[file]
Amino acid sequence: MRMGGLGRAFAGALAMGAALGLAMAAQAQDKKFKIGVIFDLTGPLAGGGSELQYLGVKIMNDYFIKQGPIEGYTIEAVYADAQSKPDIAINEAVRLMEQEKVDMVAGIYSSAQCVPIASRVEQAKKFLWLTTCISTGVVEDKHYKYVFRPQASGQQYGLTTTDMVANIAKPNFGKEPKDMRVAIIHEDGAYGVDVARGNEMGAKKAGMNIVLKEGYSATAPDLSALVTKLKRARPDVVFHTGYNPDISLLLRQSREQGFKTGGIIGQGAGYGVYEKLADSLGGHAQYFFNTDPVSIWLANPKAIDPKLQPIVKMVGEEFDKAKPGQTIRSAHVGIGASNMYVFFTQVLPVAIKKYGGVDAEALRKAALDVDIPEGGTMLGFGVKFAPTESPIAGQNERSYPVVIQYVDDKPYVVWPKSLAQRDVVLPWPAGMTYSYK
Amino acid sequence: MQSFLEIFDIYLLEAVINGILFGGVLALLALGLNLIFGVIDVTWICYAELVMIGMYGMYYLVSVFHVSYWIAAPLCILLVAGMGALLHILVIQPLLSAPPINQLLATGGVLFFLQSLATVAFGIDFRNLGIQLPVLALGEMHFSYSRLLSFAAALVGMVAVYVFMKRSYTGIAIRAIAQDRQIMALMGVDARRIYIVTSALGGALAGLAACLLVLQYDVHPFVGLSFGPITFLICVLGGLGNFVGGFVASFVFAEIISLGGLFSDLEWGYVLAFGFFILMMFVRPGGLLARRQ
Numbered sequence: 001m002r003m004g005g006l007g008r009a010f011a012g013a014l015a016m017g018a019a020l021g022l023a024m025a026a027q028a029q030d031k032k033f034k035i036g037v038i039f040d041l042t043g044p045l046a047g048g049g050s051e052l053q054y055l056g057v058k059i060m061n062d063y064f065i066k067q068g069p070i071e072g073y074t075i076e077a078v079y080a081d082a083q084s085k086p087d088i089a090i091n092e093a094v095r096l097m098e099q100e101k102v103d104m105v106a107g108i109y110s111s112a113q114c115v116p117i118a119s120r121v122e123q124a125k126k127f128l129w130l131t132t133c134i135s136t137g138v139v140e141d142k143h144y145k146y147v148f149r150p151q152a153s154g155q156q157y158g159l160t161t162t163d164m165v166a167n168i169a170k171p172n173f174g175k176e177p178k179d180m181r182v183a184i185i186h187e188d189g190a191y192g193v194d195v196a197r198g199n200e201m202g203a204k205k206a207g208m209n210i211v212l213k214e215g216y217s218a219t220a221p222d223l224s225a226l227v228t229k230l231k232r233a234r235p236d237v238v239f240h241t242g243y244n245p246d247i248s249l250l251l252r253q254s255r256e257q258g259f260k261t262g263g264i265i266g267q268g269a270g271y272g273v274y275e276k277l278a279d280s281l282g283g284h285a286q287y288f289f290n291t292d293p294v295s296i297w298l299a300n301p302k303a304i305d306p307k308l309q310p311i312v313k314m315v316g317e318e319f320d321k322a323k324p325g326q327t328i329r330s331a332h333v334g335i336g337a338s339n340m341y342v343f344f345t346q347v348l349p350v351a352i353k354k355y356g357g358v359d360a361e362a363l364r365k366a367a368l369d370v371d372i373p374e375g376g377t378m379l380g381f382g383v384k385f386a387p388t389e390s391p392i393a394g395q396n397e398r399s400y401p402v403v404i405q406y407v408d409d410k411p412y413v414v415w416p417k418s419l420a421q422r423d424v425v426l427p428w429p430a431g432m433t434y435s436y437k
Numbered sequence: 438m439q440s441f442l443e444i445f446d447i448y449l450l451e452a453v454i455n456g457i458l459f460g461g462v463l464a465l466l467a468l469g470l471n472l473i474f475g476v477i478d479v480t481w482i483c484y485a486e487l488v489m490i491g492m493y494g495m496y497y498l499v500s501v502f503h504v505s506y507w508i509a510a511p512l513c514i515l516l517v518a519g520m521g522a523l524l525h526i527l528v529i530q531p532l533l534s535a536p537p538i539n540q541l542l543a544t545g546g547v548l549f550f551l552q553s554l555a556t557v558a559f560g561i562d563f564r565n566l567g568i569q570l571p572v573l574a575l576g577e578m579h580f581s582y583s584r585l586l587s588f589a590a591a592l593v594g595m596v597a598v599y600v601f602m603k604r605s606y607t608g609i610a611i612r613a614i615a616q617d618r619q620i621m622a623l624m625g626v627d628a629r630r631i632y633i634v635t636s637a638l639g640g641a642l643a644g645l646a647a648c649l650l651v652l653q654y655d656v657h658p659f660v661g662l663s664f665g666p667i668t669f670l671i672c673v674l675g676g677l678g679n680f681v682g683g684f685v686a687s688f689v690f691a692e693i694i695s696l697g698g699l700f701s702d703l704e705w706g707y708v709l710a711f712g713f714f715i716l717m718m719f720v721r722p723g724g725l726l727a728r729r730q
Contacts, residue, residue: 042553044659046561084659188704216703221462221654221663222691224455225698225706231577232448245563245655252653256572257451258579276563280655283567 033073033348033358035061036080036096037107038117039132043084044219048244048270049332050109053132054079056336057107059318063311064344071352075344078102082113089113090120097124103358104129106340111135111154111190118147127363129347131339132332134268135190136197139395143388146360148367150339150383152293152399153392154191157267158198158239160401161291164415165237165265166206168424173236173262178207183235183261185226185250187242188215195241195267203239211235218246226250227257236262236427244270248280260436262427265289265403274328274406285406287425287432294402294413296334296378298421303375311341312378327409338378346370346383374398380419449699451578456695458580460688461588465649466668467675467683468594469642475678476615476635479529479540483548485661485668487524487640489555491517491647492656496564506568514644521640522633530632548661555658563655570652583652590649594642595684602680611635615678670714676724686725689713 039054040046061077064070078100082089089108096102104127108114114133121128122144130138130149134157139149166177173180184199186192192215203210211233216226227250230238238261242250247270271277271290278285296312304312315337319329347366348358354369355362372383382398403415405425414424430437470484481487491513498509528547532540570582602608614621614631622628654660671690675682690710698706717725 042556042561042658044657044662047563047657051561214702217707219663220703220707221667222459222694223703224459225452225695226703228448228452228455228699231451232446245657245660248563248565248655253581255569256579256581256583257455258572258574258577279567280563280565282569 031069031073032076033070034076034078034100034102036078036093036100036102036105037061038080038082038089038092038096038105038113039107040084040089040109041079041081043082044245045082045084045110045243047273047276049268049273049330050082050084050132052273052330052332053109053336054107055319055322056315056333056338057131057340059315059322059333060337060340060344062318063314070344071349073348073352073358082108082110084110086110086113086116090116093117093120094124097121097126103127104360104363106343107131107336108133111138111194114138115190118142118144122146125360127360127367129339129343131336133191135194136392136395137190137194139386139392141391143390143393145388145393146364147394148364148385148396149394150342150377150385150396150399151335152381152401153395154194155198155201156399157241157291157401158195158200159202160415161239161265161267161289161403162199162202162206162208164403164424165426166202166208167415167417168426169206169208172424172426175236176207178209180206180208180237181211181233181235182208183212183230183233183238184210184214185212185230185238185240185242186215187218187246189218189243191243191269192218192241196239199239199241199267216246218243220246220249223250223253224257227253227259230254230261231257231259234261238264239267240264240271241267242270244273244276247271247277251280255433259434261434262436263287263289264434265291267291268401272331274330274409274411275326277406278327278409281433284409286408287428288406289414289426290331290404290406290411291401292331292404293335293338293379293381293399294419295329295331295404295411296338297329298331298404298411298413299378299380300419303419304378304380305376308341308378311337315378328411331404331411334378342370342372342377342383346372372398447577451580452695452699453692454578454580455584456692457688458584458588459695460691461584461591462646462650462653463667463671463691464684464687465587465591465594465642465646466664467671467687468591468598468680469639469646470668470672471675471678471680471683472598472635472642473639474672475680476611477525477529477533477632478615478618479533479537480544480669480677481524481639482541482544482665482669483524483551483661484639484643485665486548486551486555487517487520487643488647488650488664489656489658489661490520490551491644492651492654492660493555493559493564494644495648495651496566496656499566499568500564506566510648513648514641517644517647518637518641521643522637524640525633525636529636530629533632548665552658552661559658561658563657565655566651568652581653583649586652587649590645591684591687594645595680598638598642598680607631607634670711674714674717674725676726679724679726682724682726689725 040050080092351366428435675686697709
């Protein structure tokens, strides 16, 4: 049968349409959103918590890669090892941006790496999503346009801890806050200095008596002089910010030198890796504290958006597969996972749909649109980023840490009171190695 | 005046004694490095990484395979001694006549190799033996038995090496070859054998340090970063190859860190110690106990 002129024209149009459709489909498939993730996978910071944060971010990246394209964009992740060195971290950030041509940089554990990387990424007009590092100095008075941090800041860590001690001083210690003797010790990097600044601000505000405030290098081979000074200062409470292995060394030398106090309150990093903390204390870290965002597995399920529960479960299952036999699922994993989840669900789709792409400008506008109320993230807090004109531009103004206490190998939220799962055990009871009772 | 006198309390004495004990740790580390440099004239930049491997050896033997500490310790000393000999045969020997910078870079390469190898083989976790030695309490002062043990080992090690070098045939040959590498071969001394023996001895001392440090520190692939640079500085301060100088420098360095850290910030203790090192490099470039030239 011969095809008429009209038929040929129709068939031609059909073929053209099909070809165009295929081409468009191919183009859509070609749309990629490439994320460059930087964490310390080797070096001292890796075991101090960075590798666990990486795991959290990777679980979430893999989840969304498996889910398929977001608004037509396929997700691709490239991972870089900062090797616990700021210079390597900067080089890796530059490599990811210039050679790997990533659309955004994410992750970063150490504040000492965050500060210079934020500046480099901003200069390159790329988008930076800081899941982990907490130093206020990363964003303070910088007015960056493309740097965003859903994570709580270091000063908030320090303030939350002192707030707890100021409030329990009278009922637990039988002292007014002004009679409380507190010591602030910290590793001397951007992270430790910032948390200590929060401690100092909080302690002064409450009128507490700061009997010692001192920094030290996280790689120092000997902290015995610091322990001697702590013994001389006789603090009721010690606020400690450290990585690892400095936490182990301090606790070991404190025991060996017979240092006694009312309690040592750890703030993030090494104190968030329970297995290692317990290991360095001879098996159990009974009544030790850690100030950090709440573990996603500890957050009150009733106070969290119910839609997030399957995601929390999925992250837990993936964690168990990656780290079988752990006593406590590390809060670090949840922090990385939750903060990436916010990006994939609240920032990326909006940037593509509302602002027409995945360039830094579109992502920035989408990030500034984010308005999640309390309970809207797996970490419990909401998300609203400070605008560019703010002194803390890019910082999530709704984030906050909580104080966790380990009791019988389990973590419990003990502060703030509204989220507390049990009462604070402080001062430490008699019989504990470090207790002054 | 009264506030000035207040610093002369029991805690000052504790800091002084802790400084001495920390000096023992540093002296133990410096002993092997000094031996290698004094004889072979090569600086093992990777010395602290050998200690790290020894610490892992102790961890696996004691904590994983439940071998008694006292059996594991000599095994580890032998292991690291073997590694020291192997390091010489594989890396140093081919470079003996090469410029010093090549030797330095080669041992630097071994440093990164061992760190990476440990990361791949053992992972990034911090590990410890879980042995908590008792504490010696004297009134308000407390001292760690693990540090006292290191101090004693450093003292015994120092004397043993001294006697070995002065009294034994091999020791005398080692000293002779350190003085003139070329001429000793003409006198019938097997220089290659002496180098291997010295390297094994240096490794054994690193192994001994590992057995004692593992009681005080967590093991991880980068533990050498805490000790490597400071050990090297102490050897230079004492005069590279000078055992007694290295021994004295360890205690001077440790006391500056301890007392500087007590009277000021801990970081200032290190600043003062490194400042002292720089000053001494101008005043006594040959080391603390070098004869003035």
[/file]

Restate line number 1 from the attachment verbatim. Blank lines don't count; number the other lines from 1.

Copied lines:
Amino acid sequence: MRMGGLGRAFAGALAMGAALGLAMAAQAQDKKFKIGVIFDLTGPLAGGGSELQYLGVKIMNDYFIKQGPIEGYTIEAVYADAQSKPDIAINEAVRLMEQEKVDMVAGIYSSAQCVPIASRVEQAKKFLWLTTCISTGVVEDKHYKYVFRPQASGQQYGLTTTDMVANIAKPNFGKEPKDMRVAIIHEDGAYGVDVARGNEMGAKKAGMNIVLKEGYSATAPDLSALVTKLKRARPDVVFHTGYNPDISLLLRQSREQGFKTGGIIGQGAGYGVYEKLADSLGGHAQYFFNTDPVSIWLANPKAIDPKLQPIVKMVGEEFDKAKPGQTIRSAHVGIGASNMYVFFTQVLPVAIKKYGGVDAEALRKAALDVDIPEGGTMLGFGVKFAPTESPIAGQNERSYPVVIQYVDDKPYVVWPKSLAQRDVVLPWPAGMTYSYK